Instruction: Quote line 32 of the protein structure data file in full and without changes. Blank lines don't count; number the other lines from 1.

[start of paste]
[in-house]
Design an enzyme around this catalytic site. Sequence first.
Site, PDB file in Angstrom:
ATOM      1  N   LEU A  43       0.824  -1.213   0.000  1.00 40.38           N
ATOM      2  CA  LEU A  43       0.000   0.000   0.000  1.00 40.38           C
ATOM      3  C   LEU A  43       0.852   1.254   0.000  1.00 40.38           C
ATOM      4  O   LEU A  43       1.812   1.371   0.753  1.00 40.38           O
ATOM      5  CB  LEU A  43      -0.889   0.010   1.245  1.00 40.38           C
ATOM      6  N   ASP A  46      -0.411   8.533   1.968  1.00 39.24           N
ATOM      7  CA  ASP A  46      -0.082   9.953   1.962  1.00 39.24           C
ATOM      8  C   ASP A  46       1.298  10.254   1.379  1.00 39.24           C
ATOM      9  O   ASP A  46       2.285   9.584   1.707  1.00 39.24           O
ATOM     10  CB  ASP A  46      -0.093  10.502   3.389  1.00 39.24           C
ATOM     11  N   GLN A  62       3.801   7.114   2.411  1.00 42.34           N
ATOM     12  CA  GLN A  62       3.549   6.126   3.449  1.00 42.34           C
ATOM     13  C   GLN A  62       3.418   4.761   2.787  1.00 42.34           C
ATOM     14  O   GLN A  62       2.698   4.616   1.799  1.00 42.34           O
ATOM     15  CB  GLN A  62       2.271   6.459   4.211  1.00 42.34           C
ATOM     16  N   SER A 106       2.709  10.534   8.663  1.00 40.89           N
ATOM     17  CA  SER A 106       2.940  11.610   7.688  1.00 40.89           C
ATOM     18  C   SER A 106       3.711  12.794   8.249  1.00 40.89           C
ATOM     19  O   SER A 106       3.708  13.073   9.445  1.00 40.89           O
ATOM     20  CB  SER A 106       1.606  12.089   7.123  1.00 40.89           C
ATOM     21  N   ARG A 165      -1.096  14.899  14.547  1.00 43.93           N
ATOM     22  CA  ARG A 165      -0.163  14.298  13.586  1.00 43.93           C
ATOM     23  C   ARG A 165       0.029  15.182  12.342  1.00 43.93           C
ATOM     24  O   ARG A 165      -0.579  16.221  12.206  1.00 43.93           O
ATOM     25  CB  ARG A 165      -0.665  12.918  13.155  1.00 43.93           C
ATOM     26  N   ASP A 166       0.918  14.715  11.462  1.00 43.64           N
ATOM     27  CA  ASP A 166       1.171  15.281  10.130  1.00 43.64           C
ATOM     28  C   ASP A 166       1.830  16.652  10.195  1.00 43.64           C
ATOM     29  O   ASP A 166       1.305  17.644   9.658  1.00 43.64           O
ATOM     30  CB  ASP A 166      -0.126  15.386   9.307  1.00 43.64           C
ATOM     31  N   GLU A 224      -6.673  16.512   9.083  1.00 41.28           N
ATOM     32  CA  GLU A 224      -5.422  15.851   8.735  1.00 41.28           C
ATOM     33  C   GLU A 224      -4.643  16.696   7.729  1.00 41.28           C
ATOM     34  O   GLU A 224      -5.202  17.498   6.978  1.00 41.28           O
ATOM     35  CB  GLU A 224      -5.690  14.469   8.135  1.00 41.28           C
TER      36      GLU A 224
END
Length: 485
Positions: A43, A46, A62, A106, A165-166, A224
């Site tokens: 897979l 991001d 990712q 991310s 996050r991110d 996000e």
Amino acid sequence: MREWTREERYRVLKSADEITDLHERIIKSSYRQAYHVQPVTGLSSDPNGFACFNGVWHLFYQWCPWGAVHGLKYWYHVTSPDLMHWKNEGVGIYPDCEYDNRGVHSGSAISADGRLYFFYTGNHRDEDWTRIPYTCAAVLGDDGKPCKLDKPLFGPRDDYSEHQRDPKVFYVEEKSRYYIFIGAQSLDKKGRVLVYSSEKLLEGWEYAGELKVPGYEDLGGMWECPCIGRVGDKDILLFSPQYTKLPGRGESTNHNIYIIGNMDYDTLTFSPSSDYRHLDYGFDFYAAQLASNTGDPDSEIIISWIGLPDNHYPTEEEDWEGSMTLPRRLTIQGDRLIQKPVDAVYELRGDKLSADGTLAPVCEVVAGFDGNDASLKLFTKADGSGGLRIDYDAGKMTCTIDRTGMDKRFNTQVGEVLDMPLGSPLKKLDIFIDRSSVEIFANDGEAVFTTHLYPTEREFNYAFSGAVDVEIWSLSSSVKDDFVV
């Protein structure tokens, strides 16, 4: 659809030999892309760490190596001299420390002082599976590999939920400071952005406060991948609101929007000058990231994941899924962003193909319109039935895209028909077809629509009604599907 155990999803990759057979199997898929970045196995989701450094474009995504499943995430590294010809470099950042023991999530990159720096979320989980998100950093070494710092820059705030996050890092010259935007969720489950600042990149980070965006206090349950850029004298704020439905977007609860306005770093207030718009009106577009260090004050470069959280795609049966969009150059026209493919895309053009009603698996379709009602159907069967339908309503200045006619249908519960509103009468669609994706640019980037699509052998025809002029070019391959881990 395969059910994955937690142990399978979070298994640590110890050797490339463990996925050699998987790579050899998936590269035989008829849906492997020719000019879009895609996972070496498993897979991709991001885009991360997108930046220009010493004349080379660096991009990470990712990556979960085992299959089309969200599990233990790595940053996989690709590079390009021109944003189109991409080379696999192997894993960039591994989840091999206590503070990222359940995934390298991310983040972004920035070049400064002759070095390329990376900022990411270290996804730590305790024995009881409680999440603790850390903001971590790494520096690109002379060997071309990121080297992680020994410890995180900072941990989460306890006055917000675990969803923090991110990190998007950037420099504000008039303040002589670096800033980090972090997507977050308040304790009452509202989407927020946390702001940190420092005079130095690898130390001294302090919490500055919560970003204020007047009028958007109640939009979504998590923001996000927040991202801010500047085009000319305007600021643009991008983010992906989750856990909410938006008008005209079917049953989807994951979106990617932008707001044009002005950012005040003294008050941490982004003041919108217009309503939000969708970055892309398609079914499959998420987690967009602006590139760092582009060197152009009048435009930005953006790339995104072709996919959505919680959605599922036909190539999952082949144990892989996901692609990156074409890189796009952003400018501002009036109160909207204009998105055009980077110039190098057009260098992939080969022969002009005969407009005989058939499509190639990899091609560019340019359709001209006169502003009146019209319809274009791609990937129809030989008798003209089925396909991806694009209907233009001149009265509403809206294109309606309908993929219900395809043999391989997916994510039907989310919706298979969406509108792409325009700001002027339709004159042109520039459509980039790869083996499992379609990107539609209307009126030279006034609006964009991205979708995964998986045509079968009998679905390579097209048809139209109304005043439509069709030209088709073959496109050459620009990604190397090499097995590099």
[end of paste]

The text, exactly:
ATOM     29  O   ASP A 166       1.305  17.644   9.658  1.00 43.64           O